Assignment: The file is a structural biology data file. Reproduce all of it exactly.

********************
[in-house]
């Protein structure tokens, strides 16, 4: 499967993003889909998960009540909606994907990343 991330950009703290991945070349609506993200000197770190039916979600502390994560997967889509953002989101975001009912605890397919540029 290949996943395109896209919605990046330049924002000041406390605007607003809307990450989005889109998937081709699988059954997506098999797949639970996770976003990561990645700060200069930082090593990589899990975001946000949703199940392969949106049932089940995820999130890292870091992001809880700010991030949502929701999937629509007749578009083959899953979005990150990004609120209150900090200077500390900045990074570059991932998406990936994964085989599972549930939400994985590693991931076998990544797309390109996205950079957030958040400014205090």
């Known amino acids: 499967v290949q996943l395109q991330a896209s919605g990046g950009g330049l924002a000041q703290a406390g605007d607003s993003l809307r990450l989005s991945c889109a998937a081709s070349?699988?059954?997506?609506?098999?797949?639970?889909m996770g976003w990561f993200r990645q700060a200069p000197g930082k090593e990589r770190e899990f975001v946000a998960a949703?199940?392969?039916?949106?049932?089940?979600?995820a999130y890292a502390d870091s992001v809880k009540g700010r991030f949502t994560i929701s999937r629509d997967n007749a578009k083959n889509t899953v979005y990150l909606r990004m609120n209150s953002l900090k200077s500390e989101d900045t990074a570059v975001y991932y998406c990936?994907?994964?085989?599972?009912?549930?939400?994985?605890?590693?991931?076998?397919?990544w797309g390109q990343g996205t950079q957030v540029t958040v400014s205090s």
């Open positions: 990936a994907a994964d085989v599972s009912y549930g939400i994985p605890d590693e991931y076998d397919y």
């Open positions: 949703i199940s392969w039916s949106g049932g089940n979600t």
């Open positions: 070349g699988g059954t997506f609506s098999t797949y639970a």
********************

[in-house]
């Protein structure tokens, strides 16, 4: 499967993003889909998960009540909606994907990343 991330950009703290991945070349609506993200000197770190039916979600502390994560997967889509953002989101975001009912605890397919540029 290949996943395109896209919605990046330049924002000041406390605007607003809307990450989005889109998937081709699988059954997506098999797949639970996770976003990561990645700060200069930082090593990589899990975001946000949703199940392969949106049932089940995820999130890292870091992001809880700010991030949502929701999937629509007749578009083959899953979005990150990004609120209150900090200077500390900045990074570059991932998406990936994964085989599972549930939400994985590693991931076998990544797309390109996205950079957030958040400014205090």
């Known amino acids: 499967v290949q996943l395109q991330a896209s919605g990046g950009g330049l924002a000041q703290a406390g605007d607003s993003l809307r990450l989005s991945c889109a998937a081709s070349?699988?059954?997506?609506?098999?797949?639970?889909m996770g976003w990561f993200r990645q700060a200069p000197g930082k090593e990589r770190e899990f975001v946000a998960a949703?199940?392969?039916?949106?049932?089940?979600?995820a999130y890292a502390d870091s992001v809880k009540g700010r991030f949502t994560i929701s999937r629509d997967n007749a578009k083959n889509t899953v979005y990150l909606r990004m609120n209150s953002l900090k200077s500390e989101d900045t990074a570059v975001y991932y998406c990936?994907?994964?085989?599972?009912?549930?939400?994985?605890?590693?991931?076998?397919?990544w797309g390109q990343g996205t950079q957030v540029t958040v400014s205090s």
């Open positions: 990936a994907a994964d085989v599972s009912y549930g939400i994985p605890d590693e991931y076998d397919y």
């Open positions: 949703i199940s392969w039916s949106g049932g089940n979600t």
């Open positions: 070349g699988g059954t997506f609506s098999t797949y639970a």